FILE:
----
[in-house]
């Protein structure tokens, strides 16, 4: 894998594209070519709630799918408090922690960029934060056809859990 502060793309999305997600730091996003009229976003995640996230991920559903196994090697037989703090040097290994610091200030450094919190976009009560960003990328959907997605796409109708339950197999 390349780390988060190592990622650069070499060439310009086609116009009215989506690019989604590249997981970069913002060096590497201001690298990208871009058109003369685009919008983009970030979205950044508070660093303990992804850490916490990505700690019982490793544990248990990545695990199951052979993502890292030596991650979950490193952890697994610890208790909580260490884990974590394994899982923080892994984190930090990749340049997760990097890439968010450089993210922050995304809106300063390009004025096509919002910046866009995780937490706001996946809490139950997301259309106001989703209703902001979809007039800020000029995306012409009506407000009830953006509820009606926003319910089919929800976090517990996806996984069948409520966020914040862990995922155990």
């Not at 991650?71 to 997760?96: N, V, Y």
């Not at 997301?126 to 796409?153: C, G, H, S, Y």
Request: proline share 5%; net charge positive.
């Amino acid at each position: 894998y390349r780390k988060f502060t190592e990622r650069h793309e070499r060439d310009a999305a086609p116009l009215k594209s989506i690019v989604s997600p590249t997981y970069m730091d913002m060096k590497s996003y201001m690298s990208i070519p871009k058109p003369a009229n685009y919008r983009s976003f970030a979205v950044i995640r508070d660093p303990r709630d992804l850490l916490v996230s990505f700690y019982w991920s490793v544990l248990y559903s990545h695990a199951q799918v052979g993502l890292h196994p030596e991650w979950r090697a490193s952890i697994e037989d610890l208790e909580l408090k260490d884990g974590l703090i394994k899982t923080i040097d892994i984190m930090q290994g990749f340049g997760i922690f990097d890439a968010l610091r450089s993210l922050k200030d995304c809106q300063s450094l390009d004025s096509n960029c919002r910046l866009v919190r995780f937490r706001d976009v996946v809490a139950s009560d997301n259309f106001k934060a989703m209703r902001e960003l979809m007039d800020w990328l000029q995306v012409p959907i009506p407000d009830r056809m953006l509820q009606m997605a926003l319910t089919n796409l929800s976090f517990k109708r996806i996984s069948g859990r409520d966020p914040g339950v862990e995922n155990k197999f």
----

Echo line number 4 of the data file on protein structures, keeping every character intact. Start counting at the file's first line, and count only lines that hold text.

């Not at 997301?126 to 796409?153: C, G, H, S, Y």